Localist studies in Telugo syntax
Reddy, Bandi Ramakrishna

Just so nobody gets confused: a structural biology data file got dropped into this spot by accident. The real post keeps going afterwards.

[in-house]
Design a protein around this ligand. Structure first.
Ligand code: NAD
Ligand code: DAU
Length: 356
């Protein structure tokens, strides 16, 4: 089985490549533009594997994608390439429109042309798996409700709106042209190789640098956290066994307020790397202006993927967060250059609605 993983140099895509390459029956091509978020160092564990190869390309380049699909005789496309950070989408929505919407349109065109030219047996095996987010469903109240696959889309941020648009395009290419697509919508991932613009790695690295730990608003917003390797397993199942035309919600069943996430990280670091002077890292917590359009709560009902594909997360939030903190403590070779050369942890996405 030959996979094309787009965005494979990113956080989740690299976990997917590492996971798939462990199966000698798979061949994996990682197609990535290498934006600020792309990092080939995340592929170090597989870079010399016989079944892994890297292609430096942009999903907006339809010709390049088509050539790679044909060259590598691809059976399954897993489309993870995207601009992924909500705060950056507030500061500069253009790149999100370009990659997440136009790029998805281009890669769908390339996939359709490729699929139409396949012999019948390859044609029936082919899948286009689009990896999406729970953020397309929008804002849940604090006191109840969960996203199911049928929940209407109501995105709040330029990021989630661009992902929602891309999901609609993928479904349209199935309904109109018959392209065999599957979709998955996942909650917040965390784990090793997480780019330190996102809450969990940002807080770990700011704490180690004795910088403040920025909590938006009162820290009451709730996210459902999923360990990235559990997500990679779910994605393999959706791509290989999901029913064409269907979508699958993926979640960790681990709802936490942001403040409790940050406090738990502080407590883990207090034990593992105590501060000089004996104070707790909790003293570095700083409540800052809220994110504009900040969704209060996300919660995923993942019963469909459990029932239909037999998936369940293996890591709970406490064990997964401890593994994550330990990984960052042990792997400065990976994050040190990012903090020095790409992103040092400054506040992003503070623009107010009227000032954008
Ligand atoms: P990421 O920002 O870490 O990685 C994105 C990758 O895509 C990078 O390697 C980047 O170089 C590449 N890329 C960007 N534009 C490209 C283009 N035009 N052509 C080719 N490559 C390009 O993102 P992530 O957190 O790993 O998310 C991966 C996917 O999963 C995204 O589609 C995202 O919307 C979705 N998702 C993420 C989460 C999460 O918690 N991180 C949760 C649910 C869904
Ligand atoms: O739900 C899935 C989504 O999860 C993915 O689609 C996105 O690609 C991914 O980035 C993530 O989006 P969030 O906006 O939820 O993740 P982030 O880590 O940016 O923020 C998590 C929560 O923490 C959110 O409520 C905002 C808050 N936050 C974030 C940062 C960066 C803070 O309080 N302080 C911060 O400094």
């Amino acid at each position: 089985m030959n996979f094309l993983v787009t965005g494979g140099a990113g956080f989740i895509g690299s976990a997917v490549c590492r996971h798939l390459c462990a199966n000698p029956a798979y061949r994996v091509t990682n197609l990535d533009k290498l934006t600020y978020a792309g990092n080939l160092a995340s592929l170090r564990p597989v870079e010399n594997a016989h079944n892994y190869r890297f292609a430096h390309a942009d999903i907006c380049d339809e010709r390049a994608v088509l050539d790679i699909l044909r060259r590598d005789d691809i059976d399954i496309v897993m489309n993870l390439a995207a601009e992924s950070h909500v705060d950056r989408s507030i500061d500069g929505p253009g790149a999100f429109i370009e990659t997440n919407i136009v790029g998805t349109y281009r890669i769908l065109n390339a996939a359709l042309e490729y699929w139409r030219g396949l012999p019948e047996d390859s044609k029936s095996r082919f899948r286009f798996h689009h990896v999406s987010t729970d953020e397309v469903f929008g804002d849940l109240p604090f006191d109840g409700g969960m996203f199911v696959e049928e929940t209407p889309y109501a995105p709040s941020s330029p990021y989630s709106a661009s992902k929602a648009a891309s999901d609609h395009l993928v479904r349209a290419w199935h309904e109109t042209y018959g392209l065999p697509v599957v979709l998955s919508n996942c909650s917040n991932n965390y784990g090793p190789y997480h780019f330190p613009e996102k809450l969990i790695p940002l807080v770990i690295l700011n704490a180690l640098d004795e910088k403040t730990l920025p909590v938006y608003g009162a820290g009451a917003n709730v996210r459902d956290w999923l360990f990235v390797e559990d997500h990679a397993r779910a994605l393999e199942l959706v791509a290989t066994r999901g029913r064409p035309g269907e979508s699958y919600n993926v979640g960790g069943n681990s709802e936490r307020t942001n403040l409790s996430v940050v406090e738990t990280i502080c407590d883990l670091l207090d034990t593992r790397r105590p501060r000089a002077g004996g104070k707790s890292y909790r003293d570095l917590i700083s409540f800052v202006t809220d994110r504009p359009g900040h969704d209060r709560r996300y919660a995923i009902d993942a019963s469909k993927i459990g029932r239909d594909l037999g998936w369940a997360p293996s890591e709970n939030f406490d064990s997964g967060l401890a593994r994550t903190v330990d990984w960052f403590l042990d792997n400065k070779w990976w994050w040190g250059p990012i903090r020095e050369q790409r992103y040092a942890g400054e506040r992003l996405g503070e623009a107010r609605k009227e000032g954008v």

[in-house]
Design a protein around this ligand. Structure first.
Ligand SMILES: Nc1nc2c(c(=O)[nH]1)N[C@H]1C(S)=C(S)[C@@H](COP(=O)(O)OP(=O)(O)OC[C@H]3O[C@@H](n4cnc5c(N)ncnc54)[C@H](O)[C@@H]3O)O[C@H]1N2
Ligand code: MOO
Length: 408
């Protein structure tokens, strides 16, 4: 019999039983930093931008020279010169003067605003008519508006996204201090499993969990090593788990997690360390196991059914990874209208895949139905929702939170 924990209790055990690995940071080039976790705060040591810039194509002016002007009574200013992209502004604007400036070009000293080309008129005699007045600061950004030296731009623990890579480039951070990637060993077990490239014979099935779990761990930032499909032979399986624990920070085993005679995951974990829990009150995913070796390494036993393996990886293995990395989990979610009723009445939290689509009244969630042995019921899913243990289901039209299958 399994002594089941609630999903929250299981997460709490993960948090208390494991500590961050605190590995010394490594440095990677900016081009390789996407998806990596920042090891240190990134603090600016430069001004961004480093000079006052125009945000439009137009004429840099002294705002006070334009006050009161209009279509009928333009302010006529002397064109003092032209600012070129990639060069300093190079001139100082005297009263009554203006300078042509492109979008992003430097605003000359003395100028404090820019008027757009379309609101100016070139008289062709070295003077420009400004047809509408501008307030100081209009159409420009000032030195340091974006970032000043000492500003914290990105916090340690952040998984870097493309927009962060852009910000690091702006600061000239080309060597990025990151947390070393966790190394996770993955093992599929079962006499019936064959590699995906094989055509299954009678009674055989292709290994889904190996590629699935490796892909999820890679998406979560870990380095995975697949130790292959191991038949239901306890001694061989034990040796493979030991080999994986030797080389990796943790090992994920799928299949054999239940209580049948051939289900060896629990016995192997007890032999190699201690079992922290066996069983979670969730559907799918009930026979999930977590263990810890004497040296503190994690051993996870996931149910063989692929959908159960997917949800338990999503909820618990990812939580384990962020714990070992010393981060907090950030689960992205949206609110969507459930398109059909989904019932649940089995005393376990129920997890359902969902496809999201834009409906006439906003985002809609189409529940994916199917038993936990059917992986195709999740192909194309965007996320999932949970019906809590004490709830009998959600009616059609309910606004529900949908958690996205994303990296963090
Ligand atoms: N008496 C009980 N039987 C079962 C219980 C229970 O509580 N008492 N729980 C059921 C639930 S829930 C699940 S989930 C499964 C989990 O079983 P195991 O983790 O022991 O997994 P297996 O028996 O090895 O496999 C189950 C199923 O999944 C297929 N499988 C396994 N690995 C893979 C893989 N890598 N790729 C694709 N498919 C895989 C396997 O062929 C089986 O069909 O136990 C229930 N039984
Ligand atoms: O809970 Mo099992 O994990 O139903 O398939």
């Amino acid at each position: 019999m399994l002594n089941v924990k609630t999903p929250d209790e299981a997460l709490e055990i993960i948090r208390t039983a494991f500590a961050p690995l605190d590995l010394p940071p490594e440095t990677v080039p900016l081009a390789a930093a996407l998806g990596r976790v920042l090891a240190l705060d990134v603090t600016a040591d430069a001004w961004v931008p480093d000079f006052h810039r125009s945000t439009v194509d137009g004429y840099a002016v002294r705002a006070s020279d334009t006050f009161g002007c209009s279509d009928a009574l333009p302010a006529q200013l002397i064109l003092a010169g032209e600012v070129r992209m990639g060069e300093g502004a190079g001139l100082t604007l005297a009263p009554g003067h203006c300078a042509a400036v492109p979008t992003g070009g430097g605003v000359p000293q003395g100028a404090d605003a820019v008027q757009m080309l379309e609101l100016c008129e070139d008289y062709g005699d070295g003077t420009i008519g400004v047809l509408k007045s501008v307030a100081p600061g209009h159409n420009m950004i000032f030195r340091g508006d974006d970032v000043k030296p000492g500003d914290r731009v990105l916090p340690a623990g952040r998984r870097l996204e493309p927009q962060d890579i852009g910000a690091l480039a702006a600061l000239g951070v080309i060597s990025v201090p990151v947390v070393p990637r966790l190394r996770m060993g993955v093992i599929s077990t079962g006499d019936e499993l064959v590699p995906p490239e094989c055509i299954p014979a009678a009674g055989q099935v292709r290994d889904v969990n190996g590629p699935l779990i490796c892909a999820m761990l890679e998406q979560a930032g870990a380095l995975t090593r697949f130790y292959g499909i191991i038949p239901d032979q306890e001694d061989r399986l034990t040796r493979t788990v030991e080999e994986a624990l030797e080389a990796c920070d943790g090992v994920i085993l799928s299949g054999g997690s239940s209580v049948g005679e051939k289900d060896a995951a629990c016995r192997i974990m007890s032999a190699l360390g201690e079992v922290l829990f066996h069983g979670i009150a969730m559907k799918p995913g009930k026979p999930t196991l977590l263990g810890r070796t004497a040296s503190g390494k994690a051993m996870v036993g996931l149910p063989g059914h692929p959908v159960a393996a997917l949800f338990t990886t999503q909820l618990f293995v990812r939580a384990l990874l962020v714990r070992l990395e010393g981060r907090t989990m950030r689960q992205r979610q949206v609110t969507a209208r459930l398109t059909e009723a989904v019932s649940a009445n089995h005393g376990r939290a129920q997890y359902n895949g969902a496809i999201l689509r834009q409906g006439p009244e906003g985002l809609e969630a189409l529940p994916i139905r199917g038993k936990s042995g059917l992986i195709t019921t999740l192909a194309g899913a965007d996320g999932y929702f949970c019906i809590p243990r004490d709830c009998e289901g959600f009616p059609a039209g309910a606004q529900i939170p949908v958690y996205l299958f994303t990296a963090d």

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The aim of this work is two-fold, being, firstly, to describe certain important areas of the syntax of modern spoken Telugu and, secondly, by formulating the description in terms of localise case theory, to contribute something to the understanding of this approach. Illustrative support for the localist hypothesis has hitherto been drawn largely from languages of the Indo-European family. This thesis attempts to provide a supplement to this by drawing on a language of the Dravidian family, which is genetically entirely unrelated to Indo-European. After an introductory chapter surveying earlier ..work on the grammar of Telugu, from which it will become apparent that there has so far been only a modest amount of work on Telugu syntax in terms of any recent theoretical model and nothing in terms of the localist approach, there follows an account of Telugu sentence patterns and the major elements of Telugu sentence construction. This is intended to provide the necessary data on the surface grammar of the language to make the subsequent proposals regarding underlying structures more readily comprehensible. Chapter 3 gives an outline of the theory of generative localism and makes comparisons with other current syntactic theories, in particular the case grammar of Fillmore and generative semantics. The fourth chapter examines one of the primitive case relations, namely the one that specifically underlies the spatial locative constructions of Telugu. Attention is drawn in the discussion to the co-relationship between word-order and definiteness and the bearing this has on a statement of the derivation of existential clauses. Chapter 5 attempts to show the underlying uniformity between the concrete locatives (spatial locatives) and certain apparently nonconcrete phenomena such as possessive and stative expressions, including verbs of cognition, perception and wanting. The examination of equative clauses that is presented'-in Chapter & focuses attention on agu, the 'copula' of Telugu. The presentation leads to the conclusion that this 'copula' needs to be taken as a basic verb rather than as a dummy element. It also becomes necessary to suggest the need to abandon the Fillmorean principle of one instance per clause of a given case relation. The locative discussed in Chapters 4 and 5 has been non-directional. Chapter 7 is concerned with directional locatives, that is to say with 'source' and 'goal'. It is shown that these two do not involve two further case relations, since 'goal' can be accounted for as a sub¬ type of static locative. The thesis concludes with a summary account of further worthwhile avenues of research in Telugu syntax which might usefully be handled in localist terms.